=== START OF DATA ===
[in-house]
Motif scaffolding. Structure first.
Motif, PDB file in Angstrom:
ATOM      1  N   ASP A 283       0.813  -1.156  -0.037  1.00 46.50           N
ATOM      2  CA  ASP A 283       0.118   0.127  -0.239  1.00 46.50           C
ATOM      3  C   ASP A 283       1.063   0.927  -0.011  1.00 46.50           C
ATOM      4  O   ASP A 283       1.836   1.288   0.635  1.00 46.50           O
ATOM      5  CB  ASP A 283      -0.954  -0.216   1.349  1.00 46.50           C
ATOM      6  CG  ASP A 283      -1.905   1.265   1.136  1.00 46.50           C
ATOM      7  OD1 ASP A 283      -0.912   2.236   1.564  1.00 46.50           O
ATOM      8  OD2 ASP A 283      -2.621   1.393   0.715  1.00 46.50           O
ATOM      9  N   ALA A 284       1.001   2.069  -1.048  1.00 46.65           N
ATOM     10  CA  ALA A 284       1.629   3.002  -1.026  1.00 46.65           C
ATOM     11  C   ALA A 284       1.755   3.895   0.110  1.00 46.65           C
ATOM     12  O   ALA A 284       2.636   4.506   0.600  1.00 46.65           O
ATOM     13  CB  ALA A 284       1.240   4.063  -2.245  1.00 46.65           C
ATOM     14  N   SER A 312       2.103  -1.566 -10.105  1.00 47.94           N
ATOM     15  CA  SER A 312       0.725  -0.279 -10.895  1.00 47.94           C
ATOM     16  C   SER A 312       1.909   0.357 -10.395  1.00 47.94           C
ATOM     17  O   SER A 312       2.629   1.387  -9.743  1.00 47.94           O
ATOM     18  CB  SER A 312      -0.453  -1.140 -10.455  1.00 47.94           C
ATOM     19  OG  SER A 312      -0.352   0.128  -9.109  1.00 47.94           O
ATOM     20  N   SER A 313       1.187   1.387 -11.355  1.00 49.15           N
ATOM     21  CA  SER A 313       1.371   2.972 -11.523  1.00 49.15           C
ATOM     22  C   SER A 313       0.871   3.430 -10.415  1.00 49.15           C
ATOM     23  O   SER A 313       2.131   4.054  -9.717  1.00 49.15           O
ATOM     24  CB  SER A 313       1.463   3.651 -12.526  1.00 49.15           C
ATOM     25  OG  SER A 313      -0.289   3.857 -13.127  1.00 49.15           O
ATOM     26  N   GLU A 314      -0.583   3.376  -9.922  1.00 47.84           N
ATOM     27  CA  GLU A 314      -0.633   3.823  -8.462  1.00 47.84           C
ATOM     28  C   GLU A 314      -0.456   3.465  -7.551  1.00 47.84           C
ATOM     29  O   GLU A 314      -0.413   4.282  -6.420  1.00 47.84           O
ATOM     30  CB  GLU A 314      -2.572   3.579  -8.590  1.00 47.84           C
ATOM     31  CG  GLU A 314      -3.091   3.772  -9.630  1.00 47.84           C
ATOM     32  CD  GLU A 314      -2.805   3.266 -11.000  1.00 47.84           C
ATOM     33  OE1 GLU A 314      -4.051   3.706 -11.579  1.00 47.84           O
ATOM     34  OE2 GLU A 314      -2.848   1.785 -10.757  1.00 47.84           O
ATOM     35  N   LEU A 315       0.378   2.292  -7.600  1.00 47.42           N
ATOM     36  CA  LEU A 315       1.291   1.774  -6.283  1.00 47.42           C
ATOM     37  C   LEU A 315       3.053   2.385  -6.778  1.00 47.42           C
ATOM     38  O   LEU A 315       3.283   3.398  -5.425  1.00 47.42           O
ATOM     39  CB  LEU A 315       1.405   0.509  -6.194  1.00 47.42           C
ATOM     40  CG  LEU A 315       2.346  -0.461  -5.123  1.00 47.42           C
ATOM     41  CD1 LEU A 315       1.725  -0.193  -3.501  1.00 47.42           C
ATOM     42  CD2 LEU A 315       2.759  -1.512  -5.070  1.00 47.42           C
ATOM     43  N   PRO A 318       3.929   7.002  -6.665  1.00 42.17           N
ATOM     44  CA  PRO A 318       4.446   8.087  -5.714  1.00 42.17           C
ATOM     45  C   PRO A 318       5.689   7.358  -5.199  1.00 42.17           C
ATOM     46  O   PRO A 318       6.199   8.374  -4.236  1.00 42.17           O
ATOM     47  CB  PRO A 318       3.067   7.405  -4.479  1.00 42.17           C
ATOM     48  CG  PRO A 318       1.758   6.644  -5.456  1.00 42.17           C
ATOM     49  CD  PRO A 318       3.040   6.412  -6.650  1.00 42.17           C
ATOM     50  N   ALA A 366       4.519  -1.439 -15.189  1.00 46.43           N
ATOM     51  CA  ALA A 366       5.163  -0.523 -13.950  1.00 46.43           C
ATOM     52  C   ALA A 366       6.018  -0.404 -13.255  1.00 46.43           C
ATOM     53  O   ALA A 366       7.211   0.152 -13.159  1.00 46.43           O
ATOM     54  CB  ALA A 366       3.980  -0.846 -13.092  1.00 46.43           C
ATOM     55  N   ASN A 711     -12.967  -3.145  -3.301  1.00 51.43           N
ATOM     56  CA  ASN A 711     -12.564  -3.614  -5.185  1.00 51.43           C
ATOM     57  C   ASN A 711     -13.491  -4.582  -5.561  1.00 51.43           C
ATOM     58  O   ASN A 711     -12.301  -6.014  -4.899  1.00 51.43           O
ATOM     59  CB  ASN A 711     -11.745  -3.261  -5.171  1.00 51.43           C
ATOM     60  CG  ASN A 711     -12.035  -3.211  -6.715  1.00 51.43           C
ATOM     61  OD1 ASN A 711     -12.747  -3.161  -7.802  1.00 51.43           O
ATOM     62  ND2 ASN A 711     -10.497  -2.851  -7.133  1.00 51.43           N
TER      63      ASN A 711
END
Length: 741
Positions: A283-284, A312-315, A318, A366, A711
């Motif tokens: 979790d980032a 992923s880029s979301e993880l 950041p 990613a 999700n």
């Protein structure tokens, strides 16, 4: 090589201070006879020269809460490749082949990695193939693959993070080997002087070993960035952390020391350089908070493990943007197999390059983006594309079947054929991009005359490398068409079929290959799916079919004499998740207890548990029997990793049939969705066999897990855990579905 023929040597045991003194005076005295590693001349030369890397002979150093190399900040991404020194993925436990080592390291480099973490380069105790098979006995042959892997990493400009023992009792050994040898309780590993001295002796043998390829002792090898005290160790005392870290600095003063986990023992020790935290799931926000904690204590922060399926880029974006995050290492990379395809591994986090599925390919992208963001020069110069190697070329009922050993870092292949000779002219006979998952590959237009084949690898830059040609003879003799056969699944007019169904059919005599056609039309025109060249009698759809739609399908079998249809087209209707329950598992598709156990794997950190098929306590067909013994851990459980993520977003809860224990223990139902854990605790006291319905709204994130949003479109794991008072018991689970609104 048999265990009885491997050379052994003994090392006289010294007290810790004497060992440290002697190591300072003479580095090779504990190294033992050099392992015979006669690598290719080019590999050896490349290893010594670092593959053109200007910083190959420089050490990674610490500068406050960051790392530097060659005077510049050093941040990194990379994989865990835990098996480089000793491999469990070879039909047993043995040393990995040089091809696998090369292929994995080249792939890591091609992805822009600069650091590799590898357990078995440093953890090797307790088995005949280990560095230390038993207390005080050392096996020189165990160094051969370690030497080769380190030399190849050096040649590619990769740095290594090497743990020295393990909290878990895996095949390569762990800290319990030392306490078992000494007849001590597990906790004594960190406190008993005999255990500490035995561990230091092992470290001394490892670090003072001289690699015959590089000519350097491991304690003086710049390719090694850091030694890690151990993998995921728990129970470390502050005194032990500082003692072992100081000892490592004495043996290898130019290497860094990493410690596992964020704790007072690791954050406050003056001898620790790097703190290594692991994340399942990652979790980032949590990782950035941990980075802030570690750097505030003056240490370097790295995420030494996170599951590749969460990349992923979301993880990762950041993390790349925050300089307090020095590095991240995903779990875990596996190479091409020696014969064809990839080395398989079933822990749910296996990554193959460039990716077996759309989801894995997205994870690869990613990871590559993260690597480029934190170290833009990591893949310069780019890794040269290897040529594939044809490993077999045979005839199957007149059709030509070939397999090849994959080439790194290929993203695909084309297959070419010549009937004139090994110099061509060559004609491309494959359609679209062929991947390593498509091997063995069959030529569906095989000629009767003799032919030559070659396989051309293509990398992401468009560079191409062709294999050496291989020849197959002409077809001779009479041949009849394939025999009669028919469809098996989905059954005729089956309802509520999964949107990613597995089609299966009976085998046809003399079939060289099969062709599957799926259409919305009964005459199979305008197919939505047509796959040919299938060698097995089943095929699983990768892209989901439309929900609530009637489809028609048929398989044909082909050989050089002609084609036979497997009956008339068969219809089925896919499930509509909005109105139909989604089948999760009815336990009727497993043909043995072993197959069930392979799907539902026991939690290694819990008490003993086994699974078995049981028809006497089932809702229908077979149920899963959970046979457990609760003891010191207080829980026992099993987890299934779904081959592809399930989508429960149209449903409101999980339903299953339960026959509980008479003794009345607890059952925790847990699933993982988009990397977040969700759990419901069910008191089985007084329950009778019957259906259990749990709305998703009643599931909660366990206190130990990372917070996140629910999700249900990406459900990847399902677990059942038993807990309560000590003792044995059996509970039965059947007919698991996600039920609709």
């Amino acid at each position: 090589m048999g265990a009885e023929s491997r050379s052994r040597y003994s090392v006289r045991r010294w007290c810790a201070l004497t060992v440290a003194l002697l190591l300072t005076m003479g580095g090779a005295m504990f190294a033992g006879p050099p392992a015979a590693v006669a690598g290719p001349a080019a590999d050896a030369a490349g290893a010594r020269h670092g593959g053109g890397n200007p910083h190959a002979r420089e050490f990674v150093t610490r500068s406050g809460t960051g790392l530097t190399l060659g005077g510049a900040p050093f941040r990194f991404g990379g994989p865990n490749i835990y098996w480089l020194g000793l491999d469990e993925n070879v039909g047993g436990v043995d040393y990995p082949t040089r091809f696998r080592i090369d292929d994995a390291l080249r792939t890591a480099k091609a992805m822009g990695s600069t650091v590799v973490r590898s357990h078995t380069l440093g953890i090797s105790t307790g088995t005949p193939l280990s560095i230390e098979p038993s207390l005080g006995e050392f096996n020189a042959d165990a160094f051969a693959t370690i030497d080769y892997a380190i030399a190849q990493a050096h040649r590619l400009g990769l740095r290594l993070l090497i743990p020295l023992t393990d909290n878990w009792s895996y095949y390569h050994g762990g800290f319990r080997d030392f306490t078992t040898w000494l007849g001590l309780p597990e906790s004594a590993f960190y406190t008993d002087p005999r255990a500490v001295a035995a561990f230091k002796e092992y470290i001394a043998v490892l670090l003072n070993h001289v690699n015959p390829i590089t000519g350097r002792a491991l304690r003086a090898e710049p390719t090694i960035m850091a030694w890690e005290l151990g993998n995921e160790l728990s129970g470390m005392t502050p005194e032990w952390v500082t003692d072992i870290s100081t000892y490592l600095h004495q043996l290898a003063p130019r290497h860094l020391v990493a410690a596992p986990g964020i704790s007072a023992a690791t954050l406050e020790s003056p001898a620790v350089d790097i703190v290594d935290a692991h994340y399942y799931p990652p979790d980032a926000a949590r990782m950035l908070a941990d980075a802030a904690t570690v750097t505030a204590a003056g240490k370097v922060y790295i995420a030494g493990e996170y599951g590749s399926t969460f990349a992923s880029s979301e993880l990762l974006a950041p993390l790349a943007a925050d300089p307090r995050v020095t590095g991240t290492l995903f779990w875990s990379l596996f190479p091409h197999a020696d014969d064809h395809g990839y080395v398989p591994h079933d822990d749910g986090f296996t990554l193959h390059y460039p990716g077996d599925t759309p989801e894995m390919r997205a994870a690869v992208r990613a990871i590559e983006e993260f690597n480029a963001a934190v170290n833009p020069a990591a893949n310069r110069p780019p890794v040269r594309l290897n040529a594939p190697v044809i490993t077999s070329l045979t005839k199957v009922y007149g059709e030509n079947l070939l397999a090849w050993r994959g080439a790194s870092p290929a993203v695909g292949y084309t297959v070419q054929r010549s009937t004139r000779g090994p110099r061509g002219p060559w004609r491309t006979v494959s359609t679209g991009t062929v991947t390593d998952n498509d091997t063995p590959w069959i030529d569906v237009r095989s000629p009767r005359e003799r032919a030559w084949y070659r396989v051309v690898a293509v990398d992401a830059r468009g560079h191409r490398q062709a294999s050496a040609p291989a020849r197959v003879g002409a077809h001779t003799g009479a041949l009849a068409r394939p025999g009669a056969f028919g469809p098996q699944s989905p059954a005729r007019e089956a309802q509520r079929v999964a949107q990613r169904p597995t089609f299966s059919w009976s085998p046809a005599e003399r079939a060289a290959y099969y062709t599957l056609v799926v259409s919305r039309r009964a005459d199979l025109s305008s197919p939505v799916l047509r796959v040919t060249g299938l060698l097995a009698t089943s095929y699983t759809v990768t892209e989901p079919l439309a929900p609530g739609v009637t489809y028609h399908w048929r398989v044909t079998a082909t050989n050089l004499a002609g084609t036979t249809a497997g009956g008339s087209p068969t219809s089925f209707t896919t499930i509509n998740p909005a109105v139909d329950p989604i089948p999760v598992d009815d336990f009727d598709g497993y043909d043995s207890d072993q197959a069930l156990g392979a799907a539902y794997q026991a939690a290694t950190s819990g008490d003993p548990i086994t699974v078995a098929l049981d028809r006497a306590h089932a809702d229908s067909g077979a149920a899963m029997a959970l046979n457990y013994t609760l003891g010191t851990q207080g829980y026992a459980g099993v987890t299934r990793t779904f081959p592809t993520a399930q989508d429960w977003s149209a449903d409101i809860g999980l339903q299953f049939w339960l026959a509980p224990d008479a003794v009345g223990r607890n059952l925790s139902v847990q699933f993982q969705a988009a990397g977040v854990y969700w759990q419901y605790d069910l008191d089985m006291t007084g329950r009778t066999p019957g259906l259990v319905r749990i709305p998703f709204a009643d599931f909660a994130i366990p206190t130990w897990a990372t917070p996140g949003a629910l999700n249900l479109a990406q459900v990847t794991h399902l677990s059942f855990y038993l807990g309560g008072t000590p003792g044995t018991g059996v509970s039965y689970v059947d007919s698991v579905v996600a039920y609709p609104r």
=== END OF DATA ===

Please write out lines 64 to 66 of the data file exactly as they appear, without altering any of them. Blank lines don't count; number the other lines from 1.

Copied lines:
ATOM     61  OD1 ASN A 711     -12.747  -3.161  -7.802  1.00 51.43           O
ATOM     62  ND2 ASN A 711     -10.497  -2.851  -7.133  1.00 51.43           N
TER      63      ASN A 711